Article
Full-text available
The ongoing trend in the development of powerful ultrashort pulse lasers has attracted increasing attention for this technology to be applied in large-scale surface engineering and modern microfabrication. However, the emission of undesired X-ray photon radiation was recently reported even for industrially relevant laser irradiation regimes, causing serious health risks for laser operators. In the meantime, more than twenty influencing factors have been identified with substantial effects on X-ray photon emission released by ultrashort pulse laser processes. The presented study on enhanced X-ray emission arising from high pulse repetition frequency ultrashort pulse laser processing provides new insights into the interrelation of the highest-contributing parameters. It is verified by the example of AISI 304 substrates that X-ray photon emission can considerably exceed the legal dose rate limit when ultrashort laser pulses with peak intensities below 1 × 1013 W/cm² irradiate at a 0.5 MHz pulse repetition frequency. The peak intensity threshold value for X-ray emissions decreases with larger laser spot sizes and longer pulse durations. Another key finding of this study is that the suction flow conditions in the laser processing area can affect the released X-ray emission dose rate. The presented results support the development of effective X-ray protection strategies for safe and risk-free ultrashort pulse laser operation in industrial and academic research applications.
... Irradiances of up to several 10 15 W/cm 2 can be achieved when the laser beam is tightly focused on a plane surface. Such high irradiances lead to strong plasma generation resulting in the emission of bremsstrahlung, recombination radiation, and line emission, with photon energies exceeding 5 keV and even up to tens of keV [9]. This X-ray emission might lead to possibly hazardous dose rates for an operator. ...
... During the interaction of a laser pulse with material, free electrons are created by the leading edge of the pulse [17]. The free electrons are further excited by the remainder of the pulse due to different mechanisms, such as inverse bremsstrahlung and resonance absorption [18], resulting in a fraction of electrons with high kinetic energy and temperatures of several keV [9], which are commonly referred to as hot electrons [17]. This fraction of hot electrons is responsible for the X-ray emission considered in this paper. ...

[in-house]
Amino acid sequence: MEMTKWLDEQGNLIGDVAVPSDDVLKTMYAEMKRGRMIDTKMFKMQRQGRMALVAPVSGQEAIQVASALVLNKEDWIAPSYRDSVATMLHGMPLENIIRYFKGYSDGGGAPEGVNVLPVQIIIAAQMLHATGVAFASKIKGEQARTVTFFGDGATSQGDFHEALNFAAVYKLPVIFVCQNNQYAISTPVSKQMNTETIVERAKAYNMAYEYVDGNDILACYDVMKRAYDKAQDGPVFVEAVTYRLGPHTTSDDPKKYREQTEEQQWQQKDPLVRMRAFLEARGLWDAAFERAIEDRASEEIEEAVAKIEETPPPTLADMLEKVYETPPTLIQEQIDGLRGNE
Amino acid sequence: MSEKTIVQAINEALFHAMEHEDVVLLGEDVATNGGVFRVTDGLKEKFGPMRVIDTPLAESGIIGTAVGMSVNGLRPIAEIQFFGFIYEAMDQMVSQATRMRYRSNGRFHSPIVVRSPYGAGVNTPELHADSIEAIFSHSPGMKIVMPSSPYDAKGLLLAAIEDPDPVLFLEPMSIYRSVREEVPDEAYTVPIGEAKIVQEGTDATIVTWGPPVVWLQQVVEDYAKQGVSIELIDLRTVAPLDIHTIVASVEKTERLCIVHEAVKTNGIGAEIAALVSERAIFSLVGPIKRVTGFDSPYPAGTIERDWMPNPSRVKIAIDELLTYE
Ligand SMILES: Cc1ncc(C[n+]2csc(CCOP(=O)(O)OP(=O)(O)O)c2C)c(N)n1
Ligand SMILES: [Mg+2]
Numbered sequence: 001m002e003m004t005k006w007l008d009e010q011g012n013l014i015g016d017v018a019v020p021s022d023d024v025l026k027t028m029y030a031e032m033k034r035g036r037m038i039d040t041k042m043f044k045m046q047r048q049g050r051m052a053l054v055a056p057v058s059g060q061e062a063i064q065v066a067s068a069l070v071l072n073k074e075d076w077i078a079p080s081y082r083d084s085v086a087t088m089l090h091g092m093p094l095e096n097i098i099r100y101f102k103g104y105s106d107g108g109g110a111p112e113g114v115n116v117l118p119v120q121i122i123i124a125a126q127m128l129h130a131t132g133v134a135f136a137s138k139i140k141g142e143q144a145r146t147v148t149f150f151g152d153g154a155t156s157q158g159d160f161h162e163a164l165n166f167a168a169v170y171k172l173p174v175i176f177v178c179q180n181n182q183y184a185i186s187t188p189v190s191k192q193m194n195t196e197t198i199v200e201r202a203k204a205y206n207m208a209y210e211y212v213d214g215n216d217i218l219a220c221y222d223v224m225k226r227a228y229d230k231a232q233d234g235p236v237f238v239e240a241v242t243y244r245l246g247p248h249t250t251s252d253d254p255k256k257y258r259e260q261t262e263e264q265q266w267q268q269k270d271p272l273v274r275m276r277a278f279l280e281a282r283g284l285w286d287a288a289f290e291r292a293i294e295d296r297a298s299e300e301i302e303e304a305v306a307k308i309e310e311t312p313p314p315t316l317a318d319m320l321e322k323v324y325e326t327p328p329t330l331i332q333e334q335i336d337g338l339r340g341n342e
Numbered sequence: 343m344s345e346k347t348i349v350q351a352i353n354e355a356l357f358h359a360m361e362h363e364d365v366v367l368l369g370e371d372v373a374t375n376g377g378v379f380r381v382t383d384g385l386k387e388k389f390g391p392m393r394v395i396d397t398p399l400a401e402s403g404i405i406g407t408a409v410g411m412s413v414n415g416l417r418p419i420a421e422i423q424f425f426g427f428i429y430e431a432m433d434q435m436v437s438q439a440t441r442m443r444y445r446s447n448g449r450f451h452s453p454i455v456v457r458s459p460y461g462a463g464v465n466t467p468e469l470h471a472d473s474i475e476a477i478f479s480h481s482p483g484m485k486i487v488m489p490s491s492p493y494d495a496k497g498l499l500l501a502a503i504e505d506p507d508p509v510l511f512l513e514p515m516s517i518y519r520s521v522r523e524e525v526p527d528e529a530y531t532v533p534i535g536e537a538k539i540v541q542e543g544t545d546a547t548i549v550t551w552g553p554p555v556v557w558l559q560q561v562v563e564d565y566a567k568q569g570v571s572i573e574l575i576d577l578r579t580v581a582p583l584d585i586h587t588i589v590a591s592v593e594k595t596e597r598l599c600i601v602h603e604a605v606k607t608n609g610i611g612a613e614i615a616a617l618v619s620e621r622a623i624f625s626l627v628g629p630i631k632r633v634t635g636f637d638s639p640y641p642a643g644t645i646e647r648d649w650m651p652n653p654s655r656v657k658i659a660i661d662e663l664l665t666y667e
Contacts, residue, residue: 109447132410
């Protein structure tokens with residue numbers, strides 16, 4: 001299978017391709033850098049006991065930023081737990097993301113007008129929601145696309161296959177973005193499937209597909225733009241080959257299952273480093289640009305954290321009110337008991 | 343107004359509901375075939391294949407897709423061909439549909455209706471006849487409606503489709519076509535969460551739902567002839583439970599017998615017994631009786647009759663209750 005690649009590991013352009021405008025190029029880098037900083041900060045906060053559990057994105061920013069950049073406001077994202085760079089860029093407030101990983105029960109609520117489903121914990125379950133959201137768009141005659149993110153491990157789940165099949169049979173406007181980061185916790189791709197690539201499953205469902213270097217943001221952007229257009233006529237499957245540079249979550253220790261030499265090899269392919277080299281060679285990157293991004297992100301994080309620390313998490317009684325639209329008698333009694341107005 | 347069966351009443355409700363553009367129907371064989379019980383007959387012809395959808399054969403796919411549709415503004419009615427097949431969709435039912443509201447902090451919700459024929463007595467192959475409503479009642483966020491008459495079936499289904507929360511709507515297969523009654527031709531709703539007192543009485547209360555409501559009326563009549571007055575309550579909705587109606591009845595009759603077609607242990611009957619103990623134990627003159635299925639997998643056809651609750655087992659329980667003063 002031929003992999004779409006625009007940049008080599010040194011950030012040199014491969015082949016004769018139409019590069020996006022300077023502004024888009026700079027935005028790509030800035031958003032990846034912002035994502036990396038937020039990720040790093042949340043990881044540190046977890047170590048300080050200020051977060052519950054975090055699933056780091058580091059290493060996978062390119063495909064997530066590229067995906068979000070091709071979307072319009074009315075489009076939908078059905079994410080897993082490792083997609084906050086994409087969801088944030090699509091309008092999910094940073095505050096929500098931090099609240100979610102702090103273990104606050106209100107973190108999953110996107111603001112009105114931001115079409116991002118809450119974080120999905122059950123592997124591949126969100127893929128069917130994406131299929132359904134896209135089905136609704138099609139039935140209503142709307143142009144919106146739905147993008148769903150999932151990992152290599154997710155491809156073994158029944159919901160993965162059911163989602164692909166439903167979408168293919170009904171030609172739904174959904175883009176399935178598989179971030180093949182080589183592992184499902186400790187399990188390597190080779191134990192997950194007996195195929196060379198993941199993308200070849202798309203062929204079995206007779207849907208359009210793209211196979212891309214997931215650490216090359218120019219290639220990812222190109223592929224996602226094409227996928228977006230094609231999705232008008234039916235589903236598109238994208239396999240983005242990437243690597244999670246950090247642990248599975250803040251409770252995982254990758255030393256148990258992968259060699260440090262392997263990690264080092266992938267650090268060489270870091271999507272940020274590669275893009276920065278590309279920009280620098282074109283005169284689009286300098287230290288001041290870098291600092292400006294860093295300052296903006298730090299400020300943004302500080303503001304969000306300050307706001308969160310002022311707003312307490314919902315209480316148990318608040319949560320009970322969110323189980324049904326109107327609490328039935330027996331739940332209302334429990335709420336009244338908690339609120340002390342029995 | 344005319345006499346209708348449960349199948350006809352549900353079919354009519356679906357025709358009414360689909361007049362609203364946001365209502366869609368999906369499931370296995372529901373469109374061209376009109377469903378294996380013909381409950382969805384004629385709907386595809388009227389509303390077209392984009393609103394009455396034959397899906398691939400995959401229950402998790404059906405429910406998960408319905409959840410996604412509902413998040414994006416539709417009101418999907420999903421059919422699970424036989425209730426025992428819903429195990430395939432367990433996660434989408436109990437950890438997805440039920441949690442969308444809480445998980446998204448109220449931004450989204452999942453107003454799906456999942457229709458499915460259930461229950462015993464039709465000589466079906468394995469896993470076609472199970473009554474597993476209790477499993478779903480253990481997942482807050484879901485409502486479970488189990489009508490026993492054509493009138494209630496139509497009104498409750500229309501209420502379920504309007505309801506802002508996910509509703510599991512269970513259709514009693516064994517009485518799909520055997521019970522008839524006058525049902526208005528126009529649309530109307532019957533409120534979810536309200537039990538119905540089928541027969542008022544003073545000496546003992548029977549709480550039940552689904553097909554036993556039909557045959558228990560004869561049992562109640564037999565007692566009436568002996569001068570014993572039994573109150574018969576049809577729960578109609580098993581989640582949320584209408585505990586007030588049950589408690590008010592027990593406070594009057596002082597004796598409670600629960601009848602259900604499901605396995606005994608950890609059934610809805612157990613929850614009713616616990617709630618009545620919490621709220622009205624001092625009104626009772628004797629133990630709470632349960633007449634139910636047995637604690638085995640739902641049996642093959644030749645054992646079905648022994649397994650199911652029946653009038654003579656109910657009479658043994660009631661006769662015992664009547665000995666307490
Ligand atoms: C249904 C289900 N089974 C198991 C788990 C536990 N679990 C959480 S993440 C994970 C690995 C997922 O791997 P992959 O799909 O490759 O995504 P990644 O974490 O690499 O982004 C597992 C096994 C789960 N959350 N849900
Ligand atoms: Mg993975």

... The scaling of T h as a function of the wavelength-corrected laser irradiance λ 2 L I 0 was experimentally determined for the industrial processing conditions [19] considered here for irradiances ranging from I 0 ≈ 10 12 W/cm 2 to I 0 ≈ 10 15 W/cm 2 , yielding [9,[20][21][22][23][24] ...
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Soft X-ray emissions during the processing of industrial materials with ultrafast lasers are of major interest, especially against the background of legal regulations. Potentially hazardous soft X-rays, with photon energies of >5 keV, originate from the fraction of hot electrons in plasma, the temperature of which depends on laser irradiance. The interaction of a laser with the plasma intensifies with growing plasma expansion during the laser pulse, and the fraction of hot electrons is therefore enhanced with increasing pulse duration. Hence, pulse duration is one of the dominant laser parameters that determines the soft X-ray emission. An existing analytical model, in which the fraction of hot electrons was treated as a constant, was therefore extended to include the influence of the duration of laser pulses on the fraction of hot electrons in the generated plasma. This extended model was validated with measurements of H (0.07) dose rates as a function of the pulse duration for a constant irradiance of about 3.5 × 1014 W/cm2, a laser wavelength of 800 nm, and a pulse repetition rate of 1 kHz, as well as for varying irradiance at the laser wavelength of 1030 nm and pulse repetition rates of 50 kHz and 200 kHz. The experimental data clearly verified the predictions of the model and confirmed that significantly decreased dose rates are generated with a decreasing pulse duration when the irradiance is kept constant.
... This laser-induced secondary non-coherent generation of x-ray might be either useful or undesirable depending on applications [9,10,11]. ...
... Usually radiation safety and monitoring is not addressed in material processing laboratories which use femtosecond laser. According to Legall et al. [11] in an intensity range of 10 13 -10 14 W/cm 2 , the generation of dose relevant x-ray radiation is very inefficient and the emitted dose per pulse is low. The other factor limiting dose is that air is opaque for ionizing radiation with photon energies up to about 5 keV [14]. ...